International expansion into the US and Europe had resulted in a host of different platforms in the three regions - all unable to communicate with each other. It was clear Cochlear needed a new global IT infrastructure with a common application and architecture across its operations.
It was neither by design nor fault that Australian hearing implant device manufacturer Cochlear made the headlines in July this year after the US Food and Drug Administration warned of a link between meningitis and hearing implants. The company's shares initially slumped as a result of the scare but soon rebounded when experts and analysts decreed that patients using Cochlear's Nucleus 24 product were not at risk. Rather, the potential threat existed more with its US rival Advanced Bionics' product, which is designed and operates differently.
The story, as least as regards Cochlear, consequently faded from the news. Behind the scenes, though, Cochlear is busy rolling out a new global IT infrastructure to support its rapid growth and international expansion as well as to institute a common application and architecture across its operations. The project is the first official ECOstructure-based implementation in Australia (see "Independence Day",) and will change the way Cochlear interacts with the end users of its products.
With headquarters in Lane Cove, NSW, where all manufacturing, design and development takes place, Cochlear now has operations in eight countries and employs more than 600 people. Its new infrastructure is based on the Oracle 11i e-business suite running on Sun servers under Unix and an Oracle database, and incorporates EMC Symmetrix Storage Arrays on a storage area network (SAN), Cisco core and content switches and security devices, and Veritas software. It will replace three disparate legacy environments in Australia, the US and Europe.
As Leo Port, Cochlear's senior vice president business systems, explains, when the company first started in Australia, its systems naturally focused on Australian regulatory, financial and commercial requirements. But as it grew and expanded into the US and a few years later into Europe, it selected systems most suitable for those markets and their business requirements there. For example, Cochlear's Australian system comprises manufacturing and financial functionality, whereas the US system comprises distribution and financial functionality.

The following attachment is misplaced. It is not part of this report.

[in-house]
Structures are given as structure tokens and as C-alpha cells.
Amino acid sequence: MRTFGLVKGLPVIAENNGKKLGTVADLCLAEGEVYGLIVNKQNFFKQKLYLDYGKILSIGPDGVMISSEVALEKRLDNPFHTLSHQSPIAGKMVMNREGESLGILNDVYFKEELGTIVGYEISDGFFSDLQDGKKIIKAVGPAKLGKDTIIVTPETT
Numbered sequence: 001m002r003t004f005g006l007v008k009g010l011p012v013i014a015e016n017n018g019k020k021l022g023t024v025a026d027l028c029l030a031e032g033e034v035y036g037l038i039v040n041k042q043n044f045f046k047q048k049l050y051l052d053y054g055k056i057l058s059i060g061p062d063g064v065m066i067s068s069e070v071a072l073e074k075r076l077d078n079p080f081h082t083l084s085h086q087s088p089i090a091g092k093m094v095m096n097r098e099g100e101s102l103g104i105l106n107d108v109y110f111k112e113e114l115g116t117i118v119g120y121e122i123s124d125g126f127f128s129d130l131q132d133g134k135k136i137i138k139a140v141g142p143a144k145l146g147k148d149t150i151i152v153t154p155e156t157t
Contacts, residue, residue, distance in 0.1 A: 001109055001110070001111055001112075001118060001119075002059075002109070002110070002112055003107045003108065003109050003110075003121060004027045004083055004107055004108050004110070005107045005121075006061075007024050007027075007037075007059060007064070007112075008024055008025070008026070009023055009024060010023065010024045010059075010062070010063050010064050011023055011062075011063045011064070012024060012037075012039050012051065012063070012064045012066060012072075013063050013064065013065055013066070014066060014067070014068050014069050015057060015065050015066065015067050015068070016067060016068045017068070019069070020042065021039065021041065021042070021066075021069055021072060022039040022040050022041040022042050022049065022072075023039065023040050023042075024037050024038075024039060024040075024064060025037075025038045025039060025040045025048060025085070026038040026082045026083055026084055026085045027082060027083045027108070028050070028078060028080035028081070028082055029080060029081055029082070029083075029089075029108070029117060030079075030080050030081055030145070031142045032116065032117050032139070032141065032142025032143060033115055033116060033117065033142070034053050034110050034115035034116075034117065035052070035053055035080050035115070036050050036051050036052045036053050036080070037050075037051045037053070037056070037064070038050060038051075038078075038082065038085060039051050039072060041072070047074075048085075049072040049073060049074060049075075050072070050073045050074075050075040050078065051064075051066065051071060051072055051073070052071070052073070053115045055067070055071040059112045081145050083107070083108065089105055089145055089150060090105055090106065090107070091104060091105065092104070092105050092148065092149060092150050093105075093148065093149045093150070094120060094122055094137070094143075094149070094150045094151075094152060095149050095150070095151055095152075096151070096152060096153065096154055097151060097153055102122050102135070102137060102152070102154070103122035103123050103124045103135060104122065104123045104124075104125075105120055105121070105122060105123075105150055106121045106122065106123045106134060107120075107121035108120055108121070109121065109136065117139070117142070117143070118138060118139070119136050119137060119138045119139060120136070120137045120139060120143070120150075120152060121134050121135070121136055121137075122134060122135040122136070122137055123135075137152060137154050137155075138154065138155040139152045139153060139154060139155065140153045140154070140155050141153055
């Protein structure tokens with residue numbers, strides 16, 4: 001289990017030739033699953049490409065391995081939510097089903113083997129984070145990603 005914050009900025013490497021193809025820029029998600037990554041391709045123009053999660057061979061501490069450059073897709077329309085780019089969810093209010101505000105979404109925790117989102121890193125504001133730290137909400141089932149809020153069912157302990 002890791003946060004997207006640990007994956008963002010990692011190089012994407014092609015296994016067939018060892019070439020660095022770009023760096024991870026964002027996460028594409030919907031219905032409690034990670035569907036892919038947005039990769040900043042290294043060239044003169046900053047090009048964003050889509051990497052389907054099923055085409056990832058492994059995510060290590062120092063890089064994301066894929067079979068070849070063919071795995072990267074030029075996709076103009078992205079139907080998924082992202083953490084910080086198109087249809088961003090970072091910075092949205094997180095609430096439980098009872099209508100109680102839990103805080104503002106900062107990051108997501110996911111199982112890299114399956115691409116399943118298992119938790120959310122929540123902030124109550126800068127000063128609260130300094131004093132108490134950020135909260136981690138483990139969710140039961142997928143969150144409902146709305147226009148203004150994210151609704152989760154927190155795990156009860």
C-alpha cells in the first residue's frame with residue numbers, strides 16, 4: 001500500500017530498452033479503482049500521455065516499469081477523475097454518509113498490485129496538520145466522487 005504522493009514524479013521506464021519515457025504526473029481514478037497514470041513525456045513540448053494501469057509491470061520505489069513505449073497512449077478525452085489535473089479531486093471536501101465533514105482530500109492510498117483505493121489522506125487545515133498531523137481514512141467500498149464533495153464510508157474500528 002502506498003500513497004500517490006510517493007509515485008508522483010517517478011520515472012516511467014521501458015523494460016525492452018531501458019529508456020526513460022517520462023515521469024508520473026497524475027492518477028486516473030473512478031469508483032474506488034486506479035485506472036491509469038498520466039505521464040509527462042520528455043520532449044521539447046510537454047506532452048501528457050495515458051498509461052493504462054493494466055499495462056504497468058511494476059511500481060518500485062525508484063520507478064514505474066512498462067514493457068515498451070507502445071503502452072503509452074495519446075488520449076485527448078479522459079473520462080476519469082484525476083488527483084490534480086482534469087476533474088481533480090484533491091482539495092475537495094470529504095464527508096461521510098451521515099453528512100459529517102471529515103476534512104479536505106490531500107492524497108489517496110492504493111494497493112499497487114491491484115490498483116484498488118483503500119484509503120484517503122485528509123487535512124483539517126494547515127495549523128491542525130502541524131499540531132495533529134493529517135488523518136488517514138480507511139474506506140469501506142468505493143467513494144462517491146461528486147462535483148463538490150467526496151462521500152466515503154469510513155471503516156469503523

"We evolved with quite different systems in the three regions that were not able to communicate with each other," says Port. "When the company was small it was probably not that critical, but as the company grew, and especially when it became public, we had to collate all of the accounts.
"We also want to know what our inventory is and where it is at any particular time around the world. This is still very important because we're dealing with a pretty expensive product and it becomes a real struggle to take all of this information out of the three different systems."
However, the company was not exactly bleeding from lack of information and, still being relatively small, Port admits that it took Cochlear some time to come to terms with the fact that it needed an integrated system. Prior to embarking on the Oracle implementation, Cochlear implemented Hyperion, which Port says eased some of the pain of consolidating information from around the world but still does not consolidate any transactional information about inventories and the like. According to Port, though, the principal driver behind migrating to the new IT infrastructure was to have an Internet-enabled system, which the legacy systems were not.
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